In the end, Greg ends up converting his father after 3 years of letters.

I do think the title of the book should have been “Letters to a Skeptic” since Boyd initiates the conversations and subsequent letters, but that may just be nitpicky.  It’s not as if his father went out of his way to say, “hey answer all these questions for me” and then sent him a bunch of letters.  Like I said, that’s just a nitpick.

Onto to the preface.

The book starts out by Greg, who wrote the preface, describing his father as “exceptionally intelligent, intensely skeptical” and “very strong-willed”.  While I do think it’s sweet of the man to compliment his father, I can’t help but get the feeling that all of these complements have an undercurrent of ego riding under them.  “I convinced the most brilliant, hard-headed, intensely skeptical atheist!  Therefore, Christianity is true!” At the very least they reek of pandering.

This is even more odd when later in the book, in the first chapter even, Edward admits to being uneducated in philosophy and not firm in his beliefs.  More on that later.

Greg continues by giving a history of he and his father’s previous discussions and giving us some of his insight into how his father felt about religion.  That he harbored resentment towards church, and never showed openness to the gospels, etc.

He talks about how he felt led to open up the dialogue through letters. “what did I have to lose” he says.

I actually really appreciate Greg’s approach here and his reasoning.  I think opening up a dialogue with people you disagree with, specifically loved ones, can teach you how to be caring and loving while disagreeing with someone.  I think also that it takes some gall to put your belief system up to scrutiny and I actually respect that.

While I appreciate the approach, I don’t appreciate the reason for it.  Dialogue’s shouldn’t be only for convincing other people that you’re right and they are wrong.  It should be open that both sides are capable of being wrong, and that if Greg held a belief that his father showed to be unreasonable or that Greg did not have evidence or reason for believing it, that he would be willing to change or accept that he held it on faith.  I somehow doubt that Greg has this willingness to change when approaching his father with this, or that he has any intention of changing his mind at all.

Later Greg says,

“There, is of course, always a spiritual dimension in an unbeliever’s resistance to the Gospel (2 Cor. 4:4), and reasons are never in and of themselves enough to convert an unbelieving heart.”

As an unbeliever, I completely disagree, obviously with the notion of a spiritual dimension, but more importantly to the idea that reasons alone aren’t enough to convince us.  This is utterly ridiculous.  Reasons alone ARE enough to convince someone to believe something.  Reasons are the only method, other than threats, that are enough to compel anyone to do anything.  A lack of reasons is why I became an atheist.  This is an arrogant attitude and implies somehow that unbelievers are ignoring good reason, or are spiritually stunted or possessed in a way that does not allow them to see the truth.  Provide me good reason and I will believe.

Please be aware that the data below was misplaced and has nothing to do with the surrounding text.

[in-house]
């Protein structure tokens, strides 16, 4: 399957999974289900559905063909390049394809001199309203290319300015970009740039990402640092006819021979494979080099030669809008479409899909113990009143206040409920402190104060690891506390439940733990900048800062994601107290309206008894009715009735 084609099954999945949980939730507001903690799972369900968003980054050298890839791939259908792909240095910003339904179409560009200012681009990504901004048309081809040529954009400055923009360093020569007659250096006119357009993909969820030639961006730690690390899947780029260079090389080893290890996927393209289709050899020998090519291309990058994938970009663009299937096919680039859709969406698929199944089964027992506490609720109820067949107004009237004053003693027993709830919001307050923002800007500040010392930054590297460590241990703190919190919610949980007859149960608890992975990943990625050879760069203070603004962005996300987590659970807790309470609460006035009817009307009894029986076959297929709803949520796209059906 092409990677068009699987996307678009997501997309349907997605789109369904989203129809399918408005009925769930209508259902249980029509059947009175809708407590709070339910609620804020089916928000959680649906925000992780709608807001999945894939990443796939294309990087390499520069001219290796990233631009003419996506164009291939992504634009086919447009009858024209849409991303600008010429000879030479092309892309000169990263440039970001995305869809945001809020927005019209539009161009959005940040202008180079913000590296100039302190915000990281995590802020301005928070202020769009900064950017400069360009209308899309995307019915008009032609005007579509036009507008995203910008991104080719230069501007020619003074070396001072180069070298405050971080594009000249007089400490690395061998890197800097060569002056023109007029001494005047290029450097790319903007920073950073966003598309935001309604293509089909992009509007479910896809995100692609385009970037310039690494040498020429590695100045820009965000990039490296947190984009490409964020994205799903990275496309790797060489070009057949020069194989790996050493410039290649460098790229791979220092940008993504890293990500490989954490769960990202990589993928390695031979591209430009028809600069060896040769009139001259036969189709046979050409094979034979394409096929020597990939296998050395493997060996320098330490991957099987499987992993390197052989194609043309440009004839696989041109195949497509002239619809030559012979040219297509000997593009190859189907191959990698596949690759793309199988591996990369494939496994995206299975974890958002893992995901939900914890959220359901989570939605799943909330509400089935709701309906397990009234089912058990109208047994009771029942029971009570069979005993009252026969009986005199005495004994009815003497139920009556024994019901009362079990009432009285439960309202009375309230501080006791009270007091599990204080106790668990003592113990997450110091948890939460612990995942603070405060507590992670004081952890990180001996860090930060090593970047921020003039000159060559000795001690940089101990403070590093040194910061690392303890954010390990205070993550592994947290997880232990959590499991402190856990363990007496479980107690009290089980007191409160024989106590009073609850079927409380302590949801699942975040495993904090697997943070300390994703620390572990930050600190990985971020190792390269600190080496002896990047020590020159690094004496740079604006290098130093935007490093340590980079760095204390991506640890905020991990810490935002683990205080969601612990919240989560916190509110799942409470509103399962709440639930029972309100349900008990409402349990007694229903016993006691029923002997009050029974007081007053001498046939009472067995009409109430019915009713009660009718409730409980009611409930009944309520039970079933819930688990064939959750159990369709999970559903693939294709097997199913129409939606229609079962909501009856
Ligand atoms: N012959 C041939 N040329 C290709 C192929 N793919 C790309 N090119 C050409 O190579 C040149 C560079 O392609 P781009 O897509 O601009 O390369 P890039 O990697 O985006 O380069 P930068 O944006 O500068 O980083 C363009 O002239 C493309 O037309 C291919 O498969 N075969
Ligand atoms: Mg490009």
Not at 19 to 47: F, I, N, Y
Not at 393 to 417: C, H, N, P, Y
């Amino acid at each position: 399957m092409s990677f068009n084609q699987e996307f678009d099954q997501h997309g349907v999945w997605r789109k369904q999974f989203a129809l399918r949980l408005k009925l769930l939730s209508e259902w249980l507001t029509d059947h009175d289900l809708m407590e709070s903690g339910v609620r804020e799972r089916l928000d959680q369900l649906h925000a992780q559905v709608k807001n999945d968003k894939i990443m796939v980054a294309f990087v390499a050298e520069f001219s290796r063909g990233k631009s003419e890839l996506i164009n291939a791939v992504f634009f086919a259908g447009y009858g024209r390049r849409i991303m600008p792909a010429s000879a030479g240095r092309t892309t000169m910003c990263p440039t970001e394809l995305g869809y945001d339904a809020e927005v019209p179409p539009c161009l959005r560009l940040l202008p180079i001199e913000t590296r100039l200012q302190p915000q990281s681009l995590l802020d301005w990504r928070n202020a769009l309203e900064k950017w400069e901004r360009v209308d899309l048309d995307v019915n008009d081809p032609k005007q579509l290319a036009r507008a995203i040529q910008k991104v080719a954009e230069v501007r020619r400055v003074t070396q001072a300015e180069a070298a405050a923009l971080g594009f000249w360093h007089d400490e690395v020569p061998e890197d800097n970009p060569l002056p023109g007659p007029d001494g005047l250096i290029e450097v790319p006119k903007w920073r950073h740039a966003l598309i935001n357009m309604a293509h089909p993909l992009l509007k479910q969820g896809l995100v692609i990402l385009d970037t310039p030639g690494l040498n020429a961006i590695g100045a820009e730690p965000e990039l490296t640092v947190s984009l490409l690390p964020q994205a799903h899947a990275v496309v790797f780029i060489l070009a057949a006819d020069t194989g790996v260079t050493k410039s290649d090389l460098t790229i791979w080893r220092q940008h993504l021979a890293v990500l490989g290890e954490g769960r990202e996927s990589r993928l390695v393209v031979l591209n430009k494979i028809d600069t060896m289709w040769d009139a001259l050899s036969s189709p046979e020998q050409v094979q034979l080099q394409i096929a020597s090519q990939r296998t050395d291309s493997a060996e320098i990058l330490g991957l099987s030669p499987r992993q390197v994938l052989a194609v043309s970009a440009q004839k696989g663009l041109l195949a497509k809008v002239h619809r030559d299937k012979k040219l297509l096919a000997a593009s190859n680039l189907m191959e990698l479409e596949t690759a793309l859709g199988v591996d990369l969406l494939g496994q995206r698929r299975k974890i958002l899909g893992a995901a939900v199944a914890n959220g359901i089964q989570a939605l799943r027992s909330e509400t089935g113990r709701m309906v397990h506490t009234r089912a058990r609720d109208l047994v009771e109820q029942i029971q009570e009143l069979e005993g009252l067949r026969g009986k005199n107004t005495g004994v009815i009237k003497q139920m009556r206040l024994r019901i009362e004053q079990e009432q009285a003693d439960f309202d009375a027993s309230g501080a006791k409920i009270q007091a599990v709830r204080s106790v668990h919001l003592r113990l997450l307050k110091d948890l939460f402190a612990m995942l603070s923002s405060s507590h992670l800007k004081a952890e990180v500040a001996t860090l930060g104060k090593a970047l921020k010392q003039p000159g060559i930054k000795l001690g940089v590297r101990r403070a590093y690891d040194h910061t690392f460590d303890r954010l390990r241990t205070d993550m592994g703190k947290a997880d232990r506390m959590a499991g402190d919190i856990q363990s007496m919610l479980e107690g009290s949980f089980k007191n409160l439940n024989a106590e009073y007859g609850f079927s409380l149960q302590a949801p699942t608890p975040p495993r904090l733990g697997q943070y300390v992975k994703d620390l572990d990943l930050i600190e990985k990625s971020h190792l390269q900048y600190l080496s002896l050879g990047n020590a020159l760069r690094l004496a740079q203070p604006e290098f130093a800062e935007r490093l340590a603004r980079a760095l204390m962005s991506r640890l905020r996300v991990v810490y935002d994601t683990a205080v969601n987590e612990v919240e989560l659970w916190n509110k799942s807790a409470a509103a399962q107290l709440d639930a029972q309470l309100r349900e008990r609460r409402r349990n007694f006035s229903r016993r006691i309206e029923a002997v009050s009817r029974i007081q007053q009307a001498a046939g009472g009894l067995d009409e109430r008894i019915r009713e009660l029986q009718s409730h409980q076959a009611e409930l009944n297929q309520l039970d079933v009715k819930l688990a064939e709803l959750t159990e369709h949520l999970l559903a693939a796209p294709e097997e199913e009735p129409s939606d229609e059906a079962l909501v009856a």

Also, Greg says

“This correspondence is an illustration of how the intellectual and spiritual elements of an unbeliever’s resistance to the Gospel can go hand in hand, and how a person can address both of these elements simultaneously”

I wonder how Greg intends to illustrate the spiritual elements of his father’s resistance, and how he addresses those spiritual elements.  I have a feeling that we’re only going to see the intellectual side of things.

The rest of the preface is just explanation of the editing process of the letters, and how editing of the letters he and his father wrote were crucial to making a coherent, clear, organized and thematically consistent book.  Understandable, but one does wonder exactly what might have been removed.  I wonder if anything that made Greg’s arguments appear weak was removed after the conversion of his father?  This is just speculation on my part, but it would not surprise me.  I will give Greg the benefit of the doubt though, and read it as if the letters are intact content-wise.

The last part of the preface is just “thank you’s” so I will move on to the letter from Boyd to his father.  The “Invititation:  To Dad, with Hope”

I don’t have much to say about this that hasn’t already been said in the description of the book and the preface analysis.  It’s a genuine letter to his dad to reach out and offer him a chance to challenge his son’s beliefs and have his son try to field some of the tougher questions of Christianity.

Boyd ends the letter with this:

“Having one’s faith challenged –whatever faith one holds — is always a good thing.  If it can’t “stand the fire,” a faith isn’t worth holding — whether it is Christianity or atheism.”

This is a sentiment that I very much agree with, and it’s pleasant to hear from the side of theism.  Often theists lean on the fact that faith should be unshakable or unmoving, but Boyd offers a view of faith that is potentially “not able to withstand the fire” and “not worth holding.”

I respect this view, and I hope that you do too.  I am not sure if Boyd is just playing lip service to this idea because in the preface he said he was led to “share the Christian faith” with his father.  This is slightly different than opening up the discussion in order for both sides to be tested.  So I am curious as to which one of these is his true motive, or is it possibly a combination of both?  Maybe it changed over the course of the 3 years.  I am not sure at this point, but I bet we will have a better idea of Greg’s motivation once we get into some of his reasoning.